Burlywood enhances novel approach to drive optimization with TrueFlash Insight

TrueFlash Insight enhances the SSD drive optimization solution that Burlywood quietly brought to market last year, by adding the ability to analyze traffic at the drive controller level in a productized form that partners can use.

Today, in advance of next week’s Flash Memory Summit, which they are attending for the first time, Longmont CO-based Burlywood is announcing the enhancement of what they term their next-generation flash storage software that reinvents flash. A year ago, they introduced their TrueFlash storage software solution. Today, they are supplementing it with TrueFlash Insight, a solution that is unique in the market in the way that it analyzes traffic at the drive controller level. That analysis lets Burlywood see how the flash is being used, and allows them to custom design an application-optimized drive environment that improves performance and extends drive life.

“Last year, we announced our TrueFlash software firmware and the architecture that controls the SSDs – the overarching architecture,” said Mike Tomky, Burlywood’s Director of Marketing. “Now we are announcing a component of that, TrueFlash Insight. It assesses how the drives are functioning, and is something that we have been using  internally.”

The company has kept a fairly low profile up to now. Last, October, they completed their Series A funding, of $10.6 million.”

“Until this time last year, we were still fairly stealthy,” Tomky said. “Our Go-to-Market has been direct to large cloud providers, so there hasn’t been a need to have a lot of information out there. We now have a couple products complete and more customer engagements.”

Burlywood is addressing a common problem in the industry, but their approach to handling it appears to be distinct.

“The problem is that growth of complexity and applications is growing so fast, that legacy storage can’t keep up,” Tomky said. “We consider NVMe drives part of that legacy storage. Everything else in the cloud data centre has been software-defined except the storage components themselves. The basic drives haven’t changed in decades.”

Burlywood is all about optimizing SATA and NVMe drives, something that Tomky says is still critical to the market even though SATA is now an older technology.

“There’s still a tremendous amount of SATA bring consumed,” he said. “It will account for 40-50 per cent of cloud storage flash consumption for several years into the future, and this is still HDD-architecture based.”

Burlywood addresses optimization with a software-defined approach to SATA.

“We use our software and tools to work with customers and analyze their needs, with product designed for them and not a one size fits all solution,” Tomky said. “TrueFlash lives in SSD. It’s all commonly available, with no custom ASIC, so it’s feasible for customers of any size to build their own drives with us as the design team to make that happen.”

TrueFlash Insight is the suite of tools that facilitates this.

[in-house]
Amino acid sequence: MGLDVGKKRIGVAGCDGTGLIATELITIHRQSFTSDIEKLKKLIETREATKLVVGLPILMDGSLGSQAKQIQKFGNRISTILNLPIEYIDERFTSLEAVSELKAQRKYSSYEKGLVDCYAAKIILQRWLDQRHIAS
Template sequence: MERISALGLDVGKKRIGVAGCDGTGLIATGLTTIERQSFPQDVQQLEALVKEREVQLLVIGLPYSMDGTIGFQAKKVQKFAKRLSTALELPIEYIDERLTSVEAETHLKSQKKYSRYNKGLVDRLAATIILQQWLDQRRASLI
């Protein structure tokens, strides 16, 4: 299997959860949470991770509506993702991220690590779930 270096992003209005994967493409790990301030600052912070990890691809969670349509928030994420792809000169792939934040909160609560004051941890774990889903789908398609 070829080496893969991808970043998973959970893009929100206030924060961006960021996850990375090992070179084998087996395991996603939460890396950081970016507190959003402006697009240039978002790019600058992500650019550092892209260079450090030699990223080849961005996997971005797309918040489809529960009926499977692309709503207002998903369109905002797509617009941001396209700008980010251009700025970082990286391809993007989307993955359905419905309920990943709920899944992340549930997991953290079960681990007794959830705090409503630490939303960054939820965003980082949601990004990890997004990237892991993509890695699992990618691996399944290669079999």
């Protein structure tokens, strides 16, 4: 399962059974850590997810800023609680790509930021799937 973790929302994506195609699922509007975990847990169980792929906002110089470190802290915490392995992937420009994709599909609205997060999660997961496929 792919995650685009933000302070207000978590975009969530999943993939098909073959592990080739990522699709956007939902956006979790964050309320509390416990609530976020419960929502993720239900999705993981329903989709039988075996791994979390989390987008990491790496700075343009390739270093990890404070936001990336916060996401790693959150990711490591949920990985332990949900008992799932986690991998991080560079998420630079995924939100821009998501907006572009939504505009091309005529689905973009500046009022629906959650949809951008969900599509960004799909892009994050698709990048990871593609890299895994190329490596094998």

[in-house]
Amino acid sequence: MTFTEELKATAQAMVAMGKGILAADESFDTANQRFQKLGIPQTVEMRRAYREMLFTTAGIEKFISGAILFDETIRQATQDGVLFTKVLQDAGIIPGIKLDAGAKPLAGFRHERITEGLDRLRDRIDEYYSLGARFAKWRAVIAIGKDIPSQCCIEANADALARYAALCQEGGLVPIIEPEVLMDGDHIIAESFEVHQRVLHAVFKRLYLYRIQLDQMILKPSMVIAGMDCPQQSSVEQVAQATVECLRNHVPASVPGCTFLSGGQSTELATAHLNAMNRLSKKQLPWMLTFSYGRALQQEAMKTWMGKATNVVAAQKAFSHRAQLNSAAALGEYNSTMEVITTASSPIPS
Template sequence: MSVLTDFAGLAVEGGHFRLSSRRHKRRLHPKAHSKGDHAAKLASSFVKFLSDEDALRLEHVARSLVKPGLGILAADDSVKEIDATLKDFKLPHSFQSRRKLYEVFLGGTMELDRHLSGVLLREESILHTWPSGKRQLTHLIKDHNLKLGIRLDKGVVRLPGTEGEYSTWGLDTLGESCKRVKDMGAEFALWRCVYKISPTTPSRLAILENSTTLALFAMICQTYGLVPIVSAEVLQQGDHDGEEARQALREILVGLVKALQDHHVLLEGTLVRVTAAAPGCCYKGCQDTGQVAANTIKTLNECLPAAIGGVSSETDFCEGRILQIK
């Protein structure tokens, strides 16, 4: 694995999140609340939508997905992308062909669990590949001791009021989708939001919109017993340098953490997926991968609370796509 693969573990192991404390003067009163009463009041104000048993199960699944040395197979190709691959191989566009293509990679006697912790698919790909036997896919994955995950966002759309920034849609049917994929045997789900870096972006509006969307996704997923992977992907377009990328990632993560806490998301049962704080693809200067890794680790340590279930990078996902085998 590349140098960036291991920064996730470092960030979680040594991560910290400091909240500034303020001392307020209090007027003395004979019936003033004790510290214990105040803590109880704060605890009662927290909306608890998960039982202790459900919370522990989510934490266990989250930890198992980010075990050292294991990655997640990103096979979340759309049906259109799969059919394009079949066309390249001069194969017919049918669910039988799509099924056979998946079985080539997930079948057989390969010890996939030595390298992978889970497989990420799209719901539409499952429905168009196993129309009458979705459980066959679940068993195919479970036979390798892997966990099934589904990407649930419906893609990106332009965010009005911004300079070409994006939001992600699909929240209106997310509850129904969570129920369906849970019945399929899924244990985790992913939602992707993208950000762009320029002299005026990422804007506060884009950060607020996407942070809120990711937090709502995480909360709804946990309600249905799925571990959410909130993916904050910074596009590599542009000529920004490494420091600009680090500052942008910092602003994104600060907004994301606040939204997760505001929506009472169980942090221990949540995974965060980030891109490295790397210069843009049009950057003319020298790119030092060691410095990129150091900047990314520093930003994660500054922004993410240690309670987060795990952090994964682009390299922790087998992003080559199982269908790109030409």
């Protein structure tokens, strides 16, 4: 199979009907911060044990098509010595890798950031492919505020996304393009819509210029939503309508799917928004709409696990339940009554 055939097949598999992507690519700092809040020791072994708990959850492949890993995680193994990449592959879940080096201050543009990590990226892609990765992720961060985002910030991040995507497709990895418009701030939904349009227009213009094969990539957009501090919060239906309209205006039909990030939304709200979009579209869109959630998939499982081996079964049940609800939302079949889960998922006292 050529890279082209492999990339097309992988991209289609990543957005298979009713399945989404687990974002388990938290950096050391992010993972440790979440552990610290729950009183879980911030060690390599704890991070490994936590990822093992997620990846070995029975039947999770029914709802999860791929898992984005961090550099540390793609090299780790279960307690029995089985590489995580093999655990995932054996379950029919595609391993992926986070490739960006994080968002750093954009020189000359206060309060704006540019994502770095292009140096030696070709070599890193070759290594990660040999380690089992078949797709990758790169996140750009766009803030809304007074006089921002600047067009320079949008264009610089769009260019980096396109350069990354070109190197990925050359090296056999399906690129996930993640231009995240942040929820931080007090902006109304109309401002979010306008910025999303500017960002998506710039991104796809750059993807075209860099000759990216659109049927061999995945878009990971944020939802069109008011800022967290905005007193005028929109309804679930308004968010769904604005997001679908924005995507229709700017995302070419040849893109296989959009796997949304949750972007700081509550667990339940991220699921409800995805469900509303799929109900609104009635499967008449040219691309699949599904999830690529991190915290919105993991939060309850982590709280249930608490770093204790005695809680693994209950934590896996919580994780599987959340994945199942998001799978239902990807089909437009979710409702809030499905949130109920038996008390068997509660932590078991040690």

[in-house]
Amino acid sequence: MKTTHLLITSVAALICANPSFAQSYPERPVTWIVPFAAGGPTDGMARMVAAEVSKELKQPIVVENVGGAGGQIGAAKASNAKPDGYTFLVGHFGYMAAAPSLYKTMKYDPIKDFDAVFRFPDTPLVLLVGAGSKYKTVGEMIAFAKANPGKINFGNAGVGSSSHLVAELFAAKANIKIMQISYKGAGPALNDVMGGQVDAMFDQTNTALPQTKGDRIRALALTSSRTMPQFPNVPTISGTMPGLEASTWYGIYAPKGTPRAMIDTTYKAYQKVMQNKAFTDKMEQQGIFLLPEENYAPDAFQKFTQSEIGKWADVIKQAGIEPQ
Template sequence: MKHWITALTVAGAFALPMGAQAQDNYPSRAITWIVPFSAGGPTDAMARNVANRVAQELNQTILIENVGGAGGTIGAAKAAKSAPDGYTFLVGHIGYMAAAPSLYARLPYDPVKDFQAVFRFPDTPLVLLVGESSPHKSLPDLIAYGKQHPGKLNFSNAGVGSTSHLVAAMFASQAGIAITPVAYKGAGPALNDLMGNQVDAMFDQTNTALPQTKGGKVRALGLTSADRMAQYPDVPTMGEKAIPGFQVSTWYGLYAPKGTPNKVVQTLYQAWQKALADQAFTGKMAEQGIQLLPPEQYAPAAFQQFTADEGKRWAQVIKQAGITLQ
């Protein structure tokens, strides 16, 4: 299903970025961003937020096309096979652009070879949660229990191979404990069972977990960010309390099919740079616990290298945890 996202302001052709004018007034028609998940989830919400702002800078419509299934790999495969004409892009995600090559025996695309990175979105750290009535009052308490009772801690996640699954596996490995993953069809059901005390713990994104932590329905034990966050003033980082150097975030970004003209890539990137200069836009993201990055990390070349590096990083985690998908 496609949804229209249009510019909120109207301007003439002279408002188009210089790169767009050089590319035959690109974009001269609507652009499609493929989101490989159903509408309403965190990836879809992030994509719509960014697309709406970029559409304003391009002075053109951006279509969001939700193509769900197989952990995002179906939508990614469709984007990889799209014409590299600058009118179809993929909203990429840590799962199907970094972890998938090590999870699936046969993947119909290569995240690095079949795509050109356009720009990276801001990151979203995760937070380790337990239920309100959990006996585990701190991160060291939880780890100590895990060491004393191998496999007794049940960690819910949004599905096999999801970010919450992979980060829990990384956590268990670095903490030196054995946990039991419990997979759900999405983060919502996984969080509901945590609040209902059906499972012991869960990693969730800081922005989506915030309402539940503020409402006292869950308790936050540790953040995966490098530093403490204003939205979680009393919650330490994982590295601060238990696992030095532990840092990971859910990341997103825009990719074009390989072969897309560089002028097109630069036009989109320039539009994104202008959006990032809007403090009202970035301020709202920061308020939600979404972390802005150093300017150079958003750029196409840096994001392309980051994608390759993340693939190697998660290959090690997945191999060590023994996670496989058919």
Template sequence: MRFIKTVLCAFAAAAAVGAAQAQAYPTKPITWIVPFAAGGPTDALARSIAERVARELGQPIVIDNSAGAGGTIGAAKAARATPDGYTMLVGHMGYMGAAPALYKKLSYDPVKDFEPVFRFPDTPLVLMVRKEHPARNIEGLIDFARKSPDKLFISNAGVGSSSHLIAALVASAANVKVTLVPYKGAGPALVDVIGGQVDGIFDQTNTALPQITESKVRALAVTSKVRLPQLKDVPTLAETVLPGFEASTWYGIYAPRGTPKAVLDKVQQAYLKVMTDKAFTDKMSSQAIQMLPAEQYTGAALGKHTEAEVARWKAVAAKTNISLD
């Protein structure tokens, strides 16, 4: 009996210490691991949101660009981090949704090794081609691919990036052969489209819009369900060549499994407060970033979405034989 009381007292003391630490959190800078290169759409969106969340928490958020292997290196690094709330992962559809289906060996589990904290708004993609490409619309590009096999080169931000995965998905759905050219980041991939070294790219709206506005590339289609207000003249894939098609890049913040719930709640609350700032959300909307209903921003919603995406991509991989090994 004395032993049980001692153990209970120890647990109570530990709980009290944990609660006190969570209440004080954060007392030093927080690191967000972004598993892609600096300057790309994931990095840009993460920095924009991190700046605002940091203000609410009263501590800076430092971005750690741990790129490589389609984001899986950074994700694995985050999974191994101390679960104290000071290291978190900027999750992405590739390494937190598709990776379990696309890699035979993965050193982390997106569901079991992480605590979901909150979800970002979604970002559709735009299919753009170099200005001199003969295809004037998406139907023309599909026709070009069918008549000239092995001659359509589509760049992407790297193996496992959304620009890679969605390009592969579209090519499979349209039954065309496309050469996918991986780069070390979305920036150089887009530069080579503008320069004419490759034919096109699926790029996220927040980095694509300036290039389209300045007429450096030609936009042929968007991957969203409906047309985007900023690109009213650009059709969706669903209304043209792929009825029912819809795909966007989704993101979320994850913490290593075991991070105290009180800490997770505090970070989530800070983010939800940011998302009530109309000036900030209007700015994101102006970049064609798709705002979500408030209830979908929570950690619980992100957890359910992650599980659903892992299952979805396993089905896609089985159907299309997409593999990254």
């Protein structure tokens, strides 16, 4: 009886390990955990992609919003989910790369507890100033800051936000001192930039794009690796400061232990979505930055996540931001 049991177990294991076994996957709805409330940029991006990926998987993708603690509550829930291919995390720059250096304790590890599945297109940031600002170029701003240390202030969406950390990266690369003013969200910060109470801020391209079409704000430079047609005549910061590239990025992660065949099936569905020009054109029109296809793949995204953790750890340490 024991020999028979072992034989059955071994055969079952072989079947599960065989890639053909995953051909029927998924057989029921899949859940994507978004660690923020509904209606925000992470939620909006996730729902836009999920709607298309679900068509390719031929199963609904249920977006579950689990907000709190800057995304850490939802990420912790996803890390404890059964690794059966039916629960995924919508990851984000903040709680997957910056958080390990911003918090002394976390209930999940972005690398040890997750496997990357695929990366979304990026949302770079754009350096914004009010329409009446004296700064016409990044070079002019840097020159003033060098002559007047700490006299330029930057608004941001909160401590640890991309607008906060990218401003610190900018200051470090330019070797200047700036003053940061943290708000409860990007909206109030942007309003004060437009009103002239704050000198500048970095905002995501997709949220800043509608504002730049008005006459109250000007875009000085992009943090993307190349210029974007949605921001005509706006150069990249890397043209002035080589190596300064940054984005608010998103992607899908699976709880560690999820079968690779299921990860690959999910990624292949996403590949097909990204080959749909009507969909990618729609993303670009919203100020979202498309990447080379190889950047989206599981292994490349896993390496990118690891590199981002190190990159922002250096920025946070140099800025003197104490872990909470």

Mike Tomky, Burlywood’s Director of Marketing

“The real key, which we didn’t talk about last year when we first announced TrueFlash, was the ability to analyze flash behavior at application controller level, and engage in analysis with customers,” Tomky noted. “TrueFlash Insight works at the drive controller level, and monitors traffic patterns there. This requires our Insight-enabled SSDs, which collect a huge list of metrics. Great visualization tools give the layman an idea of what’s happening. We take this, and create an application-focused flexible solution for customers that better meets their needs.

“Understanding the real workload at the drive level and tuning for it is challenging, and that’s what we do,” Tomky said.

Their market to date has been Tier One and Tier Two service providers.

“With the larger customers, we give them a reference design and they just pay us for the software,” Tomky indicated. “For the Tier Twos, who don’t have the same access to supply chains or the desire to do so, we tend to work with them, along with our contract manufacturers.”

Burlywood’s business model to date has been made to order for the direct model, as they fulfil an advanced solution provider’s role in customizing the drives for customers. So why have a channel at all?

“We are productizing Insight for partners’ use, because the channel would greatly expand our reach out into the market,” Tomky said. “We are a small startup, and we can’t touch as many customers as these large integrators.”

These kinds of partners tend not to be impressed with startups in the market, but Burlywood believes that what they do is so unique in addressing a common problem, that it will have appeal.

“Over time, we will improve our ability to parse the data so partners can generate it themselves,” Tomky said. “Until then, they will have to rely on us for the data. Large integrators will want to manage the whole transaction and supply chain.”

For partners who don’t want to do this, Tomky said that there will be referral-based opportunities as well.

Burlywood will by demonstrating TrueFlash Insight next week at the Summit in the Santa Clara Convention Center. They will be at Booth 649.